1 August 2022


Supreme Court

Shyamlal Devda and Ors. Vs. Parimala




Court has to be prima facie satisfied that, there have been instances of domestic violence before issuing notice

Present appeal arises out of the impugned judgment passed by the High Court by which the High Court has dismissed the petition filed by the Appellants stating that, the Metropolitan Magistrate, Bengaluru has the jurisdiction to entertain the complaint filed by the Respondent under Sections 18, 19 and 20 of the Protection of Women from Domestic Violence Act, 2005 ("Domestic Violence Act").

The Appellants contended that, neither the marriage of the parties was solemnized at Bengaluru nor the matrimonial house was at Bengaluru and therefore, the Magistrate Court at Bengaluru has no jurisdiction to entertain the petition filed under the Domestic Violence Act. Learned Counsel submitted that, vague allegations have been levelled against the family members of the husband-Appellant No. 14 which are not at all substantiated. Learned Counsel further submitted that, with a view to harass the family members of her husband, the Respondent has arraigned all the family members of her husband including those who are residents in the State of Rajasthan, Gujarat and other relatives in Chennai and the complaint is an abuse of the process of the Court.

Section 18 of the Domestic Violence Act relates to protection order. In terms of Section 18 of the Act, intention of the legislature is to provide more protection to woman. Section 20 of the Act empowers the court to order for monetary relief to the "aggrieved party". When acts of domestic violence is alleged, before issuing notice, the court has to be prima facie satisfied that there have been instances of domestic violence.

In the present case, the Respondent has made allegations of domestic violence against fourteen Appellants. Admittedly, the matrimonial house of the Respondent and Appellant No. 1 has been at Chennai. Insofar as Appellant No. 14-husband of the Respondent and Appellants No. 1 and 2-Parents-in-law, there are averments of alleging domestic violence alleging that they have taken away the jewellery of the Respondent gifted to her by her father during marriage and the alleged acts of harassment to the Respondent. There are no specific allegations as to how other relatives of Appellant No. 14 have caused the acts of domestic violence. It is also not known as to how other relatives who are residents of Gujarat and Rajasthan can be held responsible for award of monetary relief to the Respondent.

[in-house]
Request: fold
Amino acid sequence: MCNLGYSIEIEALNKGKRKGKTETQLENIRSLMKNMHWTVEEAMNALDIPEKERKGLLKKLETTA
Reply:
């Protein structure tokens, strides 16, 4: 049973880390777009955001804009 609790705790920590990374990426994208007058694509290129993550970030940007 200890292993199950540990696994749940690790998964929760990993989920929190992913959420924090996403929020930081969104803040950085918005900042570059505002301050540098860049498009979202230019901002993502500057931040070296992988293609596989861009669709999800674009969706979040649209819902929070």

The High Court was not right in saying that, there was prima facie case against the other Appellants No. 3 to 13. Since, there are no specific allegations against Appellants No. 3 to 13, the criminal case of domestic violence against them cannot be continued and is liable to be quashed.

Section 27 of the Protection of Women from Domestic Violence Act, 2005 makes it clear that the petition under the Domestic Violence Act can be filed in a court where the "person aggrieved" permanently or temporarily resides or carries on business or is employed. In the present case, the Respondent is residing with her parents within the territorial limits of Metropolitan Magistrate Court, Bengaluru.

In view of Section 27(1) (a) of the Act, the Metropolitan Magistrate court, Bengaluru has the jurisdiction to entertain the complaint and take cognizance of the offence. There is no merit in the contention raising objection as to the jurisdiction of the Metropolitan Magistrate Court at Bengaluru. Case filed against the Appellants No. 3 to 13 is quashed and this appeal is partly allowed. The learned VI Additional Metropolitan Magistrate at Bengaluru shall proceed with case against Appellants No. 1, 2 and 14 and dispose the same in accordance with law.

Tags : Complaint Cognizance Jurisdiction

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